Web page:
Our Blog

How to Avoid Contaminant Hazards in Your Cleanroom

by Kevin Cooper
How to Avoid Contaminant Hazards in Your Cleanroom

While cleanrooms are said to be up to ten times more sterile than operating rooms, there’s no such thing as a completely contaminant-free cleanroom as long as there are people in it. When contaminants enter, they are considered hazards in this clean environment. Here are some common sources for hazards found in cleanrooms.

Incorrect Donning Procedures

Proper training and adherence to donning procedures should eliminate most contaminants, but it is possible to not notice a sleeve or leg of the coverall briefly touching the floor upon donning, which can result in the transfer of contaminants from the donning area to the cleanroom interior.

Additionally, it is easy to have the mask on incorrectly or to miss covering part of the hair if it is long. These are common mistakes.

Other Employee-Generated Hazards

Some contaminants in the cleanroom environment can be traced back to employees. Some are unavoidable, such as dead skin cells, but some are the result of flaking lotion, chipping fingernail polish and dislodging clothing fibers. Bringing in cell phones without a sterile bag or using walkie talkies can also be hazards. These things can all be avoided with proper preparation and adherence to protocol.

Cleanroom Structural Deficits

While you put careful prep into creating your cleanroom to specs, the effort has to continue after the cleanroom is in operation. Cleaning procedures need to be followed to ensure contaminants are regularly dealt with and deep cleaning happens systematically.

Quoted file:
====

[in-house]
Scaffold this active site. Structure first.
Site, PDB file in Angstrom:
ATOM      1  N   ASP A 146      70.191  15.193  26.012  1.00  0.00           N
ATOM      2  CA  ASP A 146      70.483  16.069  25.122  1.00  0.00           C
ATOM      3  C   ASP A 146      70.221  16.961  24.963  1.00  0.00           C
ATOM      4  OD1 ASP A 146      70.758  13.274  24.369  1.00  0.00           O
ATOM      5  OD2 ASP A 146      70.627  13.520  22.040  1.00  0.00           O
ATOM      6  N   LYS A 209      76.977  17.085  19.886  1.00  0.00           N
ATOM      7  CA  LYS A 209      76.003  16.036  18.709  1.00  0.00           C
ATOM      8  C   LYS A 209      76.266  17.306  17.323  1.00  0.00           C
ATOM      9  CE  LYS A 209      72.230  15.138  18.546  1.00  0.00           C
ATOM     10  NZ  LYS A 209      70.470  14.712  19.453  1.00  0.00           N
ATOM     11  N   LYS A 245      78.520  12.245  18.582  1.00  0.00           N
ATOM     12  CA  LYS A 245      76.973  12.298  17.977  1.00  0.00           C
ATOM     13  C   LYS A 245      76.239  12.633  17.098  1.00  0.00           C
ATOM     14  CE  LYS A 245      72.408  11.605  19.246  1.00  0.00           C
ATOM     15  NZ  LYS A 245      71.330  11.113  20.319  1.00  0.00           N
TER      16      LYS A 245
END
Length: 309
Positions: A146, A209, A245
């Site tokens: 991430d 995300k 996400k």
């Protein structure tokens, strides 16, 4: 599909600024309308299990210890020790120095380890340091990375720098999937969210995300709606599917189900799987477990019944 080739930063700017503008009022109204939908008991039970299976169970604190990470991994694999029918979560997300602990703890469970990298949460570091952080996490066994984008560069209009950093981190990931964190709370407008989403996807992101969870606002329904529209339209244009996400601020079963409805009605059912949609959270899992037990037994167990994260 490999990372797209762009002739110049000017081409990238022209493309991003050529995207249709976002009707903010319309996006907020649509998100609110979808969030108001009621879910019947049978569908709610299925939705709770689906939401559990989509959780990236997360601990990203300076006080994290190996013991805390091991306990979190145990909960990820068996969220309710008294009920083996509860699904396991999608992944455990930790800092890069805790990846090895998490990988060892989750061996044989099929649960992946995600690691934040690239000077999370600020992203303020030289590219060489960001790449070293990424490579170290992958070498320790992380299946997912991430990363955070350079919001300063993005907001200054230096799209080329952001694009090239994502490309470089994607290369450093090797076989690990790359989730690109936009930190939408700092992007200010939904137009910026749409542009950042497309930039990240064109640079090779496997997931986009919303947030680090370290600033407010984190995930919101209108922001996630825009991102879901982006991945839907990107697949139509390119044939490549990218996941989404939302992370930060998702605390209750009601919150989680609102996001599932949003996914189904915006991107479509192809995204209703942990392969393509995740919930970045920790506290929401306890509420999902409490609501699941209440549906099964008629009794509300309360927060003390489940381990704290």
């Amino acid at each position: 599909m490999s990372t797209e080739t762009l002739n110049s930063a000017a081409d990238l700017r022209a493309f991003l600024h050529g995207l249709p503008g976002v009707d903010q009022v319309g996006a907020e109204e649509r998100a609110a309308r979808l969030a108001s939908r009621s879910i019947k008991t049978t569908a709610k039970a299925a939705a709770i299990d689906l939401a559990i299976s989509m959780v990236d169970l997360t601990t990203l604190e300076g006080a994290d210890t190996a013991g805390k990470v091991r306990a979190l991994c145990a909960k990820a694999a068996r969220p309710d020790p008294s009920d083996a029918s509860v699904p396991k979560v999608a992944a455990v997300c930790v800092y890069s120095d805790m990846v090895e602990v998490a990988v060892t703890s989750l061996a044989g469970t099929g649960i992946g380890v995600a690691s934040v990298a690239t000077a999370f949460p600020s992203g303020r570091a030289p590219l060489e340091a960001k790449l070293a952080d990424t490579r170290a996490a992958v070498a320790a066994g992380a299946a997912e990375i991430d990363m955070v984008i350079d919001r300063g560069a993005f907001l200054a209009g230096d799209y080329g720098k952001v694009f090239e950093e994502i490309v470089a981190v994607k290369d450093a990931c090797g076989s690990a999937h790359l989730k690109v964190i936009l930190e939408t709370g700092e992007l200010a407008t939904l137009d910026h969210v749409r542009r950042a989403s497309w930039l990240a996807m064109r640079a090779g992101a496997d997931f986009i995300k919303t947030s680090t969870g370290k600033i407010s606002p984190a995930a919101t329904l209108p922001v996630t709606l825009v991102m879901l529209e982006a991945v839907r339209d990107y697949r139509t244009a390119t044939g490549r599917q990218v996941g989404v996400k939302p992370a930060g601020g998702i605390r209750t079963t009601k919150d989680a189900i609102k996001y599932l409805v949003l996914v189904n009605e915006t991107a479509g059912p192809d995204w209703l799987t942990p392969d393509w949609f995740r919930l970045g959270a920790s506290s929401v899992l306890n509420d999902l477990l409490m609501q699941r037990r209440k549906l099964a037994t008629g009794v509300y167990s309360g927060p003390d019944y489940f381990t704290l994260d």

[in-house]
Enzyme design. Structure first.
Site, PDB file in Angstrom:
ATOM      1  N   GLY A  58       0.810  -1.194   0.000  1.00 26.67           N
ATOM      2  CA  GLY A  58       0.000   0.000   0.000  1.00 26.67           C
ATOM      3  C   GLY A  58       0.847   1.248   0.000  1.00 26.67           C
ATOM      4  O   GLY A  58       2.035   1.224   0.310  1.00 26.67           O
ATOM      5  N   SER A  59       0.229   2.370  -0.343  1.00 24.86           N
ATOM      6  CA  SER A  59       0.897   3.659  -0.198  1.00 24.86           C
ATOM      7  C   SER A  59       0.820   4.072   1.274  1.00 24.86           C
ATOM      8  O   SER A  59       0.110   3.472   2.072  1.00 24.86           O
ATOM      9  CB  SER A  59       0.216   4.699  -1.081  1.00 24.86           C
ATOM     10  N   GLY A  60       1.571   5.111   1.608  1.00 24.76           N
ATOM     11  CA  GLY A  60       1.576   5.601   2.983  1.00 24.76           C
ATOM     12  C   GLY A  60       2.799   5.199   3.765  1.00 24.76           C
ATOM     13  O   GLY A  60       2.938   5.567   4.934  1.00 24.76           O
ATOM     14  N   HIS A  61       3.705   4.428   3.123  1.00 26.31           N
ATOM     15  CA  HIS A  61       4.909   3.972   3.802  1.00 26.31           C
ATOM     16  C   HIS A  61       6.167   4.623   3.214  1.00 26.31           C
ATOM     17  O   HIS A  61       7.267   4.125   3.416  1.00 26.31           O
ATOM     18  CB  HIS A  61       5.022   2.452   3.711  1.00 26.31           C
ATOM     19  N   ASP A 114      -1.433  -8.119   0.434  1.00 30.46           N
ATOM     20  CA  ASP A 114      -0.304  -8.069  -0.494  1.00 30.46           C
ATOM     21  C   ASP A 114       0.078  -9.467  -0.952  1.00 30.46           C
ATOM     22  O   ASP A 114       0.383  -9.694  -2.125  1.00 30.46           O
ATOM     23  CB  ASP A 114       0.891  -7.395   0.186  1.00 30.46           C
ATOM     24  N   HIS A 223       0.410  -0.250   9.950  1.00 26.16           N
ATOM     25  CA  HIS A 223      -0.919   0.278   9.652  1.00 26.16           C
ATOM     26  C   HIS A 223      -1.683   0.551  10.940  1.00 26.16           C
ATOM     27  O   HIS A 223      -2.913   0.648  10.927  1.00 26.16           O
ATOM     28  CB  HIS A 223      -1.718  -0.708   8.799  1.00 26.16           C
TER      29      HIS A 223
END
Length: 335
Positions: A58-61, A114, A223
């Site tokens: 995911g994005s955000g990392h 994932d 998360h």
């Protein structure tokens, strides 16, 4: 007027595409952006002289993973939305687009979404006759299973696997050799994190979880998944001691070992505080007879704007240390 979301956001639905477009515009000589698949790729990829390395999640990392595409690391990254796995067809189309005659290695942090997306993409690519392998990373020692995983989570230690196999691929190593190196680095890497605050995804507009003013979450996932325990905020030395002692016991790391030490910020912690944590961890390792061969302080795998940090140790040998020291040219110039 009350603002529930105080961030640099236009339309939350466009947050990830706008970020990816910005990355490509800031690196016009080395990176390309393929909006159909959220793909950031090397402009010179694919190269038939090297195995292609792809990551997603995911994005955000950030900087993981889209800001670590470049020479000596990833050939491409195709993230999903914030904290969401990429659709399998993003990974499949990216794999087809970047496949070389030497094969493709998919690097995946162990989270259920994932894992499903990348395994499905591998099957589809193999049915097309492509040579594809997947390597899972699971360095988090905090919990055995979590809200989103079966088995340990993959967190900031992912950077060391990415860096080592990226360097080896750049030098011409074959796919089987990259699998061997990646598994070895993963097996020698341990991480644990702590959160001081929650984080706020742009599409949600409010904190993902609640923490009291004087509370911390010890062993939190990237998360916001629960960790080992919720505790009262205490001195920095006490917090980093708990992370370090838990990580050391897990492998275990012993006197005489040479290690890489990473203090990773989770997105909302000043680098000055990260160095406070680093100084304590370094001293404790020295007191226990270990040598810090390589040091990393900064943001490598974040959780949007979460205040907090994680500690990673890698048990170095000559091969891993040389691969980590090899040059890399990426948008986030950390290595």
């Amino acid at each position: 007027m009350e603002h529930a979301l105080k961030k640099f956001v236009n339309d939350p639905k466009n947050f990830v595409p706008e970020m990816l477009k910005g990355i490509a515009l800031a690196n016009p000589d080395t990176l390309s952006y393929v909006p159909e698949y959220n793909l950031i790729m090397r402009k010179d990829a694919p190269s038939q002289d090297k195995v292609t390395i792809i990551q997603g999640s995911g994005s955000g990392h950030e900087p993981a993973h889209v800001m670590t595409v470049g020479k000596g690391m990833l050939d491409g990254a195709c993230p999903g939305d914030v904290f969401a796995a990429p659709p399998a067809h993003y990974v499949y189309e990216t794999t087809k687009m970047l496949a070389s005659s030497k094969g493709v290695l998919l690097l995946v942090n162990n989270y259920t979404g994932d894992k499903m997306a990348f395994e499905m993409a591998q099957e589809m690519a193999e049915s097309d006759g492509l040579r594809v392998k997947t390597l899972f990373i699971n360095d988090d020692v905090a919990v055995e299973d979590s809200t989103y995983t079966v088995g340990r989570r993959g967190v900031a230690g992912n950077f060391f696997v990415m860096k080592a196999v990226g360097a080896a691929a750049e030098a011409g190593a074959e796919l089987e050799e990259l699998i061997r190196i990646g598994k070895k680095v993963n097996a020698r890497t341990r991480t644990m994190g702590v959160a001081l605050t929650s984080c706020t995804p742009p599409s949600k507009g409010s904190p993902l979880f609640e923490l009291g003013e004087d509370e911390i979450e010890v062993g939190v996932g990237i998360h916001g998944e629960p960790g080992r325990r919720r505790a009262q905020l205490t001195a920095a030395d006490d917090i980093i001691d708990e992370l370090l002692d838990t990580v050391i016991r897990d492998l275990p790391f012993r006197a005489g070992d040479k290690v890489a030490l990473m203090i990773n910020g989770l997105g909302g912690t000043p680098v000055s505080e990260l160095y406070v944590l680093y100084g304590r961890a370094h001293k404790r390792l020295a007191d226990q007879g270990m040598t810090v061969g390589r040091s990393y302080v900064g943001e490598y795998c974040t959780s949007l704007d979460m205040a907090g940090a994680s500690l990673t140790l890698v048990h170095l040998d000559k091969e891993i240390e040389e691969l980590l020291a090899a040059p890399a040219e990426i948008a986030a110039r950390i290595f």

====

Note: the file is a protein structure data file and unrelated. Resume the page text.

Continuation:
The HEPA filters in your HVAC system need regular inspection and replacing. The outlets need to be sealed around the outside of the plate and plugs added to the outlets to create a complete seal from any sort of exposure.

Adhesive floor mats, also known as tacky mats, are great at picking up particulates when employees pass through. However, incorrect installation or upkeep can result in a tripping hazard. Also, incorrect disposal can release particulates into the clean environment. Use a PVC adhesive mat base to ensure your sticky mats are installed properly.

Special considerations for electrostatic discharge (ESD) cleanrooms include designing flooring with ESD grounding. Additionally, furniture, wipers, gloves and shoe covers all need to be ESD or grounded. Skid-free ESD shoe covers can add an extra layer of protection against accidents.

Get the Right Supplies in Bulk

Make sure your employees are using the right cleanroom supplies to reduce errors and to guard against hazards. With over ten factories at Total Source Manufacturing, we can ship by container or pallet the cleanroom supplies needed to keep your operation running smoothly.